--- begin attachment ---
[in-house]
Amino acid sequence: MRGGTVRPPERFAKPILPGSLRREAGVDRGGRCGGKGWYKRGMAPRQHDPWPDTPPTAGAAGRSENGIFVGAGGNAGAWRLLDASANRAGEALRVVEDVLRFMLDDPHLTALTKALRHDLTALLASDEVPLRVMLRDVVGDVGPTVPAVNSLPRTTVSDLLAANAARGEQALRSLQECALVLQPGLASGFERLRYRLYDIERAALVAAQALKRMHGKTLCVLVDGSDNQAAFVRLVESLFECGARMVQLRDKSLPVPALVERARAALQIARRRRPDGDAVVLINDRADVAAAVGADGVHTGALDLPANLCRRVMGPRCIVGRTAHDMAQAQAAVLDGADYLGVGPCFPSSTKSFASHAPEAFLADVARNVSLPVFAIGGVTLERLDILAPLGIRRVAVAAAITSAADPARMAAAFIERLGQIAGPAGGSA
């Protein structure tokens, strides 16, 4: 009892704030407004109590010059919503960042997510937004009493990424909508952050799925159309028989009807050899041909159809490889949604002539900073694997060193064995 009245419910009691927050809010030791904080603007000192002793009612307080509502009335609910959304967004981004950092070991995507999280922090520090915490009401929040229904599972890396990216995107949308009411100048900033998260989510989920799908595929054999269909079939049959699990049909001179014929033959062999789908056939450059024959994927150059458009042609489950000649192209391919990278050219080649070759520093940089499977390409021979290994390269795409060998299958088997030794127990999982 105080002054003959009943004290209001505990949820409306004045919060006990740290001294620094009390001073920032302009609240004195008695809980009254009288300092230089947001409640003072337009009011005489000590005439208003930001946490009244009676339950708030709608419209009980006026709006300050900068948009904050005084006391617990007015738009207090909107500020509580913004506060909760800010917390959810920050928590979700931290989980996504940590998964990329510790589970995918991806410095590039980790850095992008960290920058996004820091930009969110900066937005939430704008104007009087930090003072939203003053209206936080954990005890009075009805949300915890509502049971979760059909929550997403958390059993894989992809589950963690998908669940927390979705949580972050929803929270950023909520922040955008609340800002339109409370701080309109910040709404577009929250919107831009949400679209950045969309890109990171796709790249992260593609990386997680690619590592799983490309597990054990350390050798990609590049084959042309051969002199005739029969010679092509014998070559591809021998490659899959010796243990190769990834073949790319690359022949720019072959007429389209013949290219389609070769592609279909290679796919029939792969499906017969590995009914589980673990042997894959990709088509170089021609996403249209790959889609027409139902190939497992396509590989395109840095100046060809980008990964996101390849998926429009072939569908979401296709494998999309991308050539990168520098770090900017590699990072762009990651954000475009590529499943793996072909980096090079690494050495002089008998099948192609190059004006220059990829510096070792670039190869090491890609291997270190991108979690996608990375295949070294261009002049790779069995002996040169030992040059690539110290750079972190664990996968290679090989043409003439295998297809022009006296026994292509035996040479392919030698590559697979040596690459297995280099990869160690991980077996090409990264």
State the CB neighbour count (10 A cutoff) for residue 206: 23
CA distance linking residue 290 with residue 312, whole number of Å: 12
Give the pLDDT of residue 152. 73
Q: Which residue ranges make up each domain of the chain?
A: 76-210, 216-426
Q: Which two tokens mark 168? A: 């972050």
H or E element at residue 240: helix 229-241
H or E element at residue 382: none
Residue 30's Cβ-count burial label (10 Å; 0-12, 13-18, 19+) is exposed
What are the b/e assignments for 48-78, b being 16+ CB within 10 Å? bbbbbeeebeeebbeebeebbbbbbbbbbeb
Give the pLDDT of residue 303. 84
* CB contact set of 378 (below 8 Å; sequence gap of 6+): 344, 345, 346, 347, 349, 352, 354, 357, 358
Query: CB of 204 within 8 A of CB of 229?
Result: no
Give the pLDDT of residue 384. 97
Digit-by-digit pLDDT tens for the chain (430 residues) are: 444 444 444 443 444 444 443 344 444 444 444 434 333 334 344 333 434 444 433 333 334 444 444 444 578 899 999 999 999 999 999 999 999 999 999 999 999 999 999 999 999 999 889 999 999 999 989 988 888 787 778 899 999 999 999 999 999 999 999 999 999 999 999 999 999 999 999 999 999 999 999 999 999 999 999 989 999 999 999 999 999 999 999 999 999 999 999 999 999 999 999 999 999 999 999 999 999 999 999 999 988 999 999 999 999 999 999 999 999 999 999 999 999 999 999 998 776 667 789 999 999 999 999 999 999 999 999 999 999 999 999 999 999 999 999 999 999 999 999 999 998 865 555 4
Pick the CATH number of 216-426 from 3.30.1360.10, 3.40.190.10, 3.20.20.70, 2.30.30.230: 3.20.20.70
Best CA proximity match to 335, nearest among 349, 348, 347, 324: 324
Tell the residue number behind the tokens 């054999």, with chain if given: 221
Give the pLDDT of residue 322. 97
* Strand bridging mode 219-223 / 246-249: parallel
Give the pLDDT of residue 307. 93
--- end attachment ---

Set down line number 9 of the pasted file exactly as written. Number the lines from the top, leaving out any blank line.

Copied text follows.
Q: Which two tokens mark 168? A: 């972050």